This article concerns itself with transitional cell carcinomas of the bladder specifically. Related articles include:
- general discussion: transitional cell carcinoma of the urinary tract
- TCCs in other locations:
- other histologies:
Epidemiology of transitional cell carcinomas of the bladder is similar to those of the rest of the urinary tract: please refer to urinary tract TCC for further details.
Hematuria is the most common presenting complaint, which may be macroscopic or microscopic. A tumor located at the vesicoureteric junction may result in ureteral obstruction and hydronephrosis, which may present with flank pain. Additionally, a tumor near the urethral orifice may result in bladder outlet obstruction and urinary retention.
Occasionally patients only present once systemic symptoms of a metastatic disease are present.
Diagnosis and local tumor staging are, usually, achieved with cystoscopy and full-thickness biopsy 4.
As is the case elsewhere along the urinary tract, transitional cell carcinomas of the bladder fall into two broad groups 4:
- superficial: 70-80%
- most are papillary 70%
- high-grade carcinoma in situ: 30% (see TCC grading)
- invasive: 20-30%
The bladder is by far the most common site of transitional cell carcinomas, 50 times more common than TCC of the renal pelvis, and 100 times more common than TCC of the ureter 1. Bladder TCCs are the most common tumor of the entire urinary tract.
There is a known association of TCCs developing within bladder diverticula, presumably due to urinary stasis which leads to chronic urothelial irritation and potentially the exaggerated exposure to urinary carcinogens 10-12.
- cyclophosphamide (a chemotherapy agent) increases the risk of bladder transitional cell carcinoma with a dose-response pattern 8
- aromatic amines in tobacco smoke
- arylamines used in rubber and plastic manufacturing
- polycyclic aromatic hydrocarbons in industrial combustion processes (such as smelting)
Imaging of bladder transitional cell carcinomas has a number of roles:
- incidental discovery of the tumor
- tumor staging (see staging of transitional cell carcinoma of the bladder)
- tumor staging of locally advanced masses
- evaluation of distant metastases and nodal status
Ultrasound has a limited role to play in either diagnosis or staging transitional cell carcinomas of the urinary tract in general.
Bladder transitional cell carcinomas appear as either focal regions of thickening of the bladder wall, or as masses protruding into the bladder lumen, or in advanced cases, extending into adjacent tissues. Care should be taken in assessing bladder wall thickness as this changes with the degree of bladder distension and varies from patient to patient, e.g. patients with bladder outlet obstruction due to benign prostatic hypertrophy. In general, however, asymmetric mural thickening should be viewed with suspicion.
The masses are of soft tissue attenuation and may be encrusted with small calcifications.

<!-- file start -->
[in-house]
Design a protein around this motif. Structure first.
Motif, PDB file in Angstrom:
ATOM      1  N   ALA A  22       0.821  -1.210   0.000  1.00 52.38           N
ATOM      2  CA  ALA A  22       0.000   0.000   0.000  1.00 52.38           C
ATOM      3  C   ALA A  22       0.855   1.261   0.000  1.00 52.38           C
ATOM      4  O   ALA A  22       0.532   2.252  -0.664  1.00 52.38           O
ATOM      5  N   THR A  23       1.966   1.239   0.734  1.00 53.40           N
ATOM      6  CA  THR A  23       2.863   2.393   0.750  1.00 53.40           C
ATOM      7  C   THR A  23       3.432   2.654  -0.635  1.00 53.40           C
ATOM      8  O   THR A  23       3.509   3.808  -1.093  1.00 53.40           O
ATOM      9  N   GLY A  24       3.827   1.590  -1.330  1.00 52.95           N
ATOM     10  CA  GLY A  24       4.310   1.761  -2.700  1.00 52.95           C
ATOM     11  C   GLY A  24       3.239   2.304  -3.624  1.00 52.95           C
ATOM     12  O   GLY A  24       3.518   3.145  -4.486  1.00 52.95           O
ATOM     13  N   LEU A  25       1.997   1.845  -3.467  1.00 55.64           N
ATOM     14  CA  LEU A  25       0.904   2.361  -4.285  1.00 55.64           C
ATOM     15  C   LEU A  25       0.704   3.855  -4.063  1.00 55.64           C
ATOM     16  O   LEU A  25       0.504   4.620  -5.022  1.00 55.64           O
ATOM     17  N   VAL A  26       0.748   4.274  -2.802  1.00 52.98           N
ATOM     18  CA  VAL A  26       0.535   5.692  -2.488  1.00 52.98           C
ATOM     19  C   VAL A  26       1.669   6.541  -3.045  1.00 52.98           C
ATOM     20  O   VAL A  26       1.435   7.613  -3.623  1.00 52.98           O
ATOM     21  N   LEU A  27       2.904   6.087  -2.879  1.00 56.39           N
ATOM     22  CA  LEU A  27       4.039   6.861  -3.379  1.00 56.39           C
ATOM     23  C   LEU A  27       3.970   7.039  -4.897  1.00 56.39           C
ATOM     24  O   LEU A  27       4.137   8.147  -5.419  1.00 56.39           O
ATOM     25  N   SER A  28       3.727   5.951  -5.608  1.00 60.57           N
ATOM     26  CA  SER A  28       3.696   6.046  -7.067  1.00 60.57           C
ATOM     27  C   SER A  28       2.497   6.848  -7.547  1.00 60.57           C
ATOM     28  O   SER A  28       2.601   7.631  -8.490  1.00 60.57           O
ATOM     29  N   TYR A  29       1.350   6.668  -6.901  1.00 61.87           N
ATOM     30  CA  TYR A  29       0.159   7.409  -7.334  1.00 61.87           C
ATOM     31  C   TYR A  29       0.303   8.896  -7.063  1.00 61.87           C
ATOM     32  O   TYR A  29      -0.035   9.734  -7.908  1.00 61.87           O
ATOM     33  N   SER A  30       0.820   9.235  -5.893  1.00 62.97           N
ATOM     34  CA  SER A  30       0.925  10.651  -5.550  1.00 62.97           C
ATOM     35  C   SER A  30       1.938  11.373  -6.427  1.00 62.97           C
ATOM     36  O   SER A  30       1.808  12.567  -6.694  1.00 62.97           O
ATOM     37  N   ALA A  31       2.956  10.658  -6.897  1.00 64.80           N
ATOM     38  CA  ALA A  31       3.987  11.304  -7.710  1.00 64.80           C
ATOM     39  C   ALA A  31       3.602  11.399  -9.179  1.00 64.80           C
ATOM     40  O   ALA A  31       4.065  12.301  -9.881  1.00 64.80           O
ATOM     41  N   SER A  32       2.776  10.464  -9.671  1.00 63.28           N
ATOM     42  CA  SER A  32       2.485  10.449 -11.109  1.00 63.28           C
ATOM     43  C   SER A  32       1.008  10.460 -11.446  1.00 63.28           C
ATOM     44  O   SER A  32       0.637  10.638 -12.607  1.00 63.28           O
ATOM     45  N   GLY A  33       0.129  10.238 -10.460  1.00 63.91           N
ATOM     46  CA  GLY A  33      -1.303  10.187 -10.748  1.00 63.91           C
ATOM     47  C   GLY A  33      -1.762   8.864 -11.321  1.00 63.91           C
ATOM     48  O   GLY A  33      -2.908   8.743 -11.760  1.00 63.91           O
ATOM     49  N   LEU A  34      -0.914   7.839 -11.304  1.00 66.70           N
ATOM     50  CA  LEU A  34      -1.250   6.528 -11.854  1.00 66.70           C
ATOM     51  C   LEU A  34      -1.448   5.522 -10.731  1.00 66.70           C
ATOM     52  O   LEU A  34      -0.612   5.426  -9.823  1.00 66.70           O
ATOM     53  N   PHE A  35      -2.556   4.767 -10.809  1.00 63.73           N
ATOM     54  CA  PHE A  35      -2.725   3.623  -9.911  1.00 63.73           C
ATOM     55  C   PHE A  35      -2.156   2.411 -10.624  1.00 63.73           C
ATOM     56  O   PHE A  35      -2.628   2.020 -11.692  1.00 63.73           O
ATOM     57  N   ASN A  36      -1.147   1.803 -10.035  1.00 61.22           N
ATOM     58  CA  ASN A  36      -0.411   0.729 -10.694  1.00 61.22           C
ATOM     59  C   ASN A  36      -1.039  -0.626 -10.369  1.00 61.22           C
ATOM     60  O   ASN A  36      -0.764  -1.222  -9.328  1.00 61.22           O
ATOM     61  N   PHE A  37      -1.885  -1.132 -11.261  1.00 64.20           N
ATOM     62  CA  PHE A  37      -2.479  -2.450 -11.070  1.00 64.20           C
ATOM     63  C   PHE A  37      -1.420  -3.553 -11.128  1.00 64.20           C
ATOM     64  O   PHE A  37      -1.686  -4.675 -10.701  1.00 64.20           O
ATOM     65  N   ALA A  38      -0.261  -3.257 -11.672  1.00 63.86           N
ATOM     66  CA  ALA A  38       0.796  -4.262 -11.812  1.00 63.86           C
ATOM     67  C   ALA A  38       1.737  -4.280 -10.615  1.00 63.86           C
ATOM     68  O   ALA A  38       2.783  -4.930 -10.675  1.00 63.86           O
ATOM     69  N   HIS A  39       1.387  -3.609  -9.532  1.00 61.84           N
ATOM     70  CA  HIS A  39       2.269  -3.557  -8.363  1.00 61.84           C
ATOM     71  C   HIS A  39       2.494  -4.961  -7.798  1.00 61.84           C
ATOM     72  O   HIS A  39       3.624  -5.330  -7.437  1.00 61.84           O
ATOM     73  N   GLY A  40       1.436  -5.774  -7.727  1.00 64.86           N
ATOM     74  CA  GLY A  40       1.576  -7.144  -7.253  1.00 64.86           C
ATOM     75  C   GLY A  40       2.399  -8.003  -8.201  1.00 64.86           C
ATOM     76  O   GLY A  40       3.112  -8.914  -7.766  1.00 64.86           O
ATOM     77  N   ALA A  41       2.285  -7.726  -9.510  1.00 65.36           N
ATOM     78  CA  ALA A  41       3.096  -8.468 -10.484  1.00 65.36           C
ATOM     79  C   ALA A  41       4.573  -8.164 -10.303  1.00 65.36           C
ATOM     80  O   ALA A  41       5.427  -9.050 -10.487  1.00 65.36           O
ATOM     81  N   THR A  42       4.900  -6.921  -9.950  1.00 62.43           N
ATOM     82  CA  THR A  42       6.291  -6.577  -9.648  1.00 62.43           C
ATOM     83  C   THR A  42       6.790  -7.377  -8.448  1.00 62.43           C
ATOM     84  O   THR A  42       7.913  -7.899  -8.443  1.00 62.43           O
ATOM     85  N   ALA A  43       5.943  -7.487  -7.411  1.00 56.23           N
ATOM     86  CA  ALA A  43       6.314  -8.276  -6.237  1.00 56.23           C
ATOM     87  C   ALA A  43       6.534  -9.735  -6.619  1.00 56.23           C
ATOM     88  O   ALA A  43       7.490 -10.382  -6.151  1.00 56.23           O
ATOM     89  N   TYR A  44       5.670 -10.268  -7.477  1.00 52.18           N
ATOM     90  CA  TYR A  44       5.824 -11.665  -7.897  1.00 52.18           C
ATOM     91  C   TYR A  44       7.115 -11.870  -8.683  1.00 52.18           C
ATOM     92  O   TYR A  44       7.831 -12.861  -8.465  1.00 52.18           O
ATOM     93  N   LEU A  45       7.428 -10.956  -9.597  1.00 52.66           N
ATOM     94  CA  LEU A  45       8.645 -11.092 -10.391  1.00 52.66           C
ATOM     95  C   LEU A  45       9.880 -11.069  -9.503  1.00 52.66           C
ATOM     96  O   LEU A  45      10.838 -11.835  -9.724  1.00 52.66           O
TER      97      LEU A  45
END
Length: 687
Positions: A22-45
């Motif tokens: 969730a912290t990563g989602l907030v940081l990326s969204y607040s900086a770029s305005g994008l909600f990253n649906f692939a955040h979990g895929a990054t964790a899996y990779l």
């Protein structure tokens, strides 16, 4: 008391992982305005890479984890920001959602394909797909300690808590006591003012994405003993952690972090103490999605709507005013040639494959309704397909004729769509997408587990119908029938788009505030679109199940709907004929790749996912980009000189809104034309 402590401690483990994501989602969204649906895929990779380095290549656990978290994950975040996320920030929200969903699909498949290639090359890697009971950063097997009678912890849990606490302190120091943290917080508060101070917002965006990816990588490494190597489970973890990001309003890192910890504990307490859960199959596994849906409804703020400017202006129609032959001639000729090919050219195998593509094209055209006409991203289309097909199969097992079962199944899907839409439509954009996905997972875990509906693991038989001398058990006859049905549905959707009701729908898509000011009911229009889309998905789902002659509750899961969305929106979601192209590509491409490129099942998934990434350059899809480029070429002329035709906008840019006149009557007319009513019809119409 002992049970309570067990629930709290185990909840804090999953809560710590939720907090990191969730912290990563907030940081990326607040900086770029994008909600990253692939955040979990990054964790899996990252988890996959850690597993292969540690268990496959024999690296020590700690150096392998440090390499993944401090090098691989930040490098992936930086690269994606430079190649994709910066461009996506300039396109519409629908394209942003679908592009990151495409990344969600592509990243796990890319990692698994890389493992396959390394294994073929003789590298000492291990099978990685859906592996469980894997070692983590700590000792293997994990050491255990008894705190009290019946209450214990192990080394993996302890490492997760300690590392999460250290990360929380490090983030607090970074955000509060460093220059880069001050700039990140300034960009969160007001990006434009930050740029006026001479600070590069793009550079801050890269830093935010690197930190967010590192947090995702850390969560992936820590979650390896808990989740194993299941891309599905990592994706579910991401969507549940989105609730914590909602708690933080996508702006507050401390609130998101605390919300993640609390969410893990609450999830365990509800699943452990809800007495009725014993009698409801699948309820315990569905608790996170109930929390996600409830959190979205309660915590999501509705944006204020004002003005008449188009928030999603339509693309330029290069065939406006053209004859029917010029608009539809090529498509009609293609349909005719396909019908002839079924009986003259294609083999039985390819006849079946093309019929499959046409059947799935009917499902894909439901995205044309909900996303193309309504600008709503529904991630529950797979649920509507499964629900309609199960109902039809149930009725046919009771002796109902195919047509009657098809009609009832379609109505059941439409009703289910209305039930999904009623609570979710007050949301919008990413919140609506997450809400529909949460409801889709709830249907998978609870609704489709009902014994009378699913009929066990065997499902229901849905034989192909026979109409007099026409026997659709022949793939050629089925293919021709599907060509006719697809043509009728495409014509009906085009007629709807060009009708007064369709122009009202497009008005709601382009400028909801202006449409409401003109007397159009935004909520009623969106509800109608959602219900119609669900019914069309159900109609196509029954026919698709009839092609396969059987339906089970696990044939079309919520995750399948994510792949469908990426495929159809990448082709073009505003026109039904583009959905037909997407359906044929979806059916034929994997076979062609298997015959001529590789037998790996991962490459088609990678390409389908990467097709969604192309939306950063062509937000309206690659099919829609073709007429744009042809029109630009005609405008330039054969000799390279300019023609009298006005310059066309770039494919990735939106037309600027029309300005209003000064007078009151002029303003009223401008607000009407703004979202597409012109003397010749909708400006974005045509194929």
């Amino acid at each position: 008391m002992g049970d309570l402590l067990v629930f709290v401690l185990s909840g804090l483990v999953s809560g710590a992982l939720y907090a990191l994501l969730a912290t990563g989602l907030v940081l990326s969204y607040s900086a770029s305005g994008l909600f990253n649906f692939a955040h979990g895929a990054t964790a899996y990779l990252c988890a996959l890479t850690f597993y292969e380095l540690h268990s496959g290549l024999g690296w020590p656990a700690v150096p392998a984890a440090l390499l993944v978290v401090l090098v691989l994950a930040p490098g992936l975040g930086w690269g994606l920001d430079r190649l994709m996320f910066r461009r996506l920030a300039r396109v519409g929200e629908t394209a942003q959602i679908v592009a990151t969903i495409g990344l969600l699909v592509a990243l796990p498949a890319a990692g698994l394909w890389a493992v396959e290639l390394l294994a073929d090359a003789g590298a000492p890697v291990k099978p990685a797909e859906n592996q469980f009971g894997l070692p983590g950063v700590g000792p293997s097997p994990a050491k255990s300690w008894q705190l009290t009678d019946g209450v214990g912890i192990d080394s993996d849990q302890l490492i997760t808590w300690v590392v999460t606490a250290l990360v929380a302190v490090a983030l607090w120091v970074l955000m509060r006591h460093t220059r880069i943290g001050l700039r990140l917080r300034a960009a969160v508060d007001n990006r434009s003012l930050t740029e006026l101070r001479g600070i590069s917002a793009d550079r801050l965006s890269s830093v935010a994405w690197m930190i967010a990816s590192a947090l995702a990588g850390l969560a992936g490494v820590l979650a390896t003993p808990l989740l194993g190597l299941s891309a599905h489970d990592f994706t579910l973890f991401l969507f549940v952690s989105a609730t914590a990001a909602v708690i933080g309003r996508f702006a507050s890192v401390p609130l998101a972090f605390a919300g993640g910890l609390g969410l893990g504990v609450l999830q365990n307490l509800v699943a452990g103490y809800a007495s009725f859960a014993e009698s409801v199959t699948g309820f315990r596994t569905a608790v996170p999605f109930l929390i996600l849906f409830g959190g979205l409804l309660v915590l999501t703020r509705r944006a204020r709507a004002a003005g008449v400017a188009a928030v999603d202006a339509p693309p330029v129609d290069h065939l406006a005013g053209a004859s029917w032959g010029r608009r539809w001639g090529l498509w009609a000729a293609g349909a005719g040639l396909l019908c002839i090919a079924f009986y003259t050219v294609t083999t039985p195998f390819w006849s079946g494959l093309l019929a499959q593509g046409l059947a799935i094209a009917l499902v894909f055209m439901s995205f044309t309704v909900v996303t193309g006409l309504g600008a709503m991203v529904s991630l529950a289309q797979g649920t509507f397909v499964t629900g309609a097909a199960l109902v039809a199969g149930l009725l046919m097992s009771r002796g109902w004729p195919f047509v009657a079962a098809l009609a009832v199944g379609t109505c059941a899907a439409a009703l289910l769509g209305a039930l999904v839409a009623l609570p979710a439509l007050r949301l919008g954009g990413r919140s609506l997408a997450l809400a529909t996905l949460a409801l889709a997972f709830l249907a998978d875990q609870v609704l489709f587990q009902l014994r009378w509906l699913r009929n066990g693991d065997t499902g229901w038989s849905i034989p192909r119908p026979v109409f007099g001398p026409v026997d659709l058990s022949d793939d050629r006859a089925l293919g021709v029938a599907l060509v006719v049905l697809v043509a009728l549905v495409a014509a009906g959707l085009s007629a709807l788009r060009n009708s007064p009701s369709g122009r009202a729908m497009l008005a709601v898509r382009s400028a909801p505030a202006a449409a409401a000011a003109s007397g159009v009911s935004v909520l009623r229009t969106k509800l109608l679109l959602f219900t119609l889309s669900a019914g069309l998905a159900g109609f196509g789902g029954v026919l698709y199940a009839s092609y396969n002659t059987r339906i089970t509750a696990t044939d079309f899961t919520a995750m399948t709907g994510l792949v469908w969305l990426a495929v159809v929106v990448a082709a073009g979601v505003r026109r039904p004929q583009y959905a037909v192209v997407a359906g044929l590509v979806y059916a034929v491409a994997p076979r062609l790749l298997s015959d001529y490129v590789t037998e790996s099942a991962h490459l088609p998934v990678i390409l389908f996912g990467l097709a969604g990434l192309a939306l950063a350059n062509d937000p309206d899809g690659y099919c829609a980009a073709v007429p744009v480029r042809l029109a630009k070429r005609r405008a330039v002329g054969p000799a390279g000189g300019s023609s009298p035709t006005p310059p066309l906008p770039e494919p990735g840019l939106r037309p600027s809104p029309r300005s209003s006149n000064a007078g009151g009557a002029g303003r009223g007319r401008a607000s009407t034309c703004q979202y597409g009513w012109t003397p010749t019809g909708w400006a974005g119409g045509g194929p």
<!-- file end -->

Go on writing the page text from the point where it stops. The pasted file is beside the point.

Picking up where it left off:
Although unable to distinguish between T1, T2 and T3a (microscopic extravesical spread), CT is able to distinguish T3b tumors (stranding/nodules in perivesical fat) and T4 tumors (direct extension into adjacent structures/loss of normal fat plane) 4.
Care should be exercised when interpreting stranding or nodularity following transurethral resection or even biopsy, as these changes may be postoperative 4.
Nodal metastases are common, seen in 30% of T2 tumors and 60% of T3 and T4 tumors 4.
CT or conventional urography
When tumors are large and of papillary morphology, contrast filling the interstices between papillary projections can lead to a dappled appearance referred to as the stipple sign 2.
MRI is superior to other modalities in locally staging the tumor and is in some instances able to distinguish T1 from T2 tumors on T2 weighted images.
- T1: isointense compared to muscle 4
- slightly hyperintense compared to muscle
- useful in determining the low signal muscle layer and its discontinuity when muscle wall invasion
- T1 C+ (Gd): shows enhancement
Unfortunately, FDG is excreted into the urine and thus accumulates in the bladder, making it unsuitable for diagnosis of urinary tract tumors. It does have a role to play in the assessment of nodal or distant metastases.
Treatment and prognosis
Treatment is strongly influenced by tumor stage.
Superficial tumors can be treated with local transurethral resection +/- intravesical therapy. Ta tumors can be treated solely by resection. Carcinoma in situ or T1 tumor usually requires both resection and intravesical therapy (bacille Calmette-Guerin (BCG) or chemotherapy, e.g. mitomycin C) 6.
Invasive tumors require radical cystectomy +/- chemotherapy and/or external beam radiotherapy 5.
A critical part of the management of patients with TCCs is an awareness of the high rate of recurrence due to field effect on the entire urothelium. Approximately 2-4% of patients with a bladder TCC will go on to develop one or more TCCs of the renal pelvis or ureter 3,4.
Superficial tumors (which account for 70-80% of all cases) although having in themselves excellent prognosis, with almost no risk of metastases, have a predilection for recurrence (70% recur within 3 years) and these recurrences are more likely to be invasive. This is especially the case with carcinoma in situ 4.
Invasive tumors, on the other hand, have poorer prognosis demonstrating both local invasions of perivesical tissues, lymphatic spread to local nodes and eventual haematogenous metastases 4.
Overall bladder transitional cell carcinomas have a 5-year survival of 82%, contributed mainly by the large proportion of superficial tumors (5-year survival of 94%). Patients with metastatic disease, in contrast, have a poor prognosis (5-year survival of 6%) 4.
General imaging differential considerations include:
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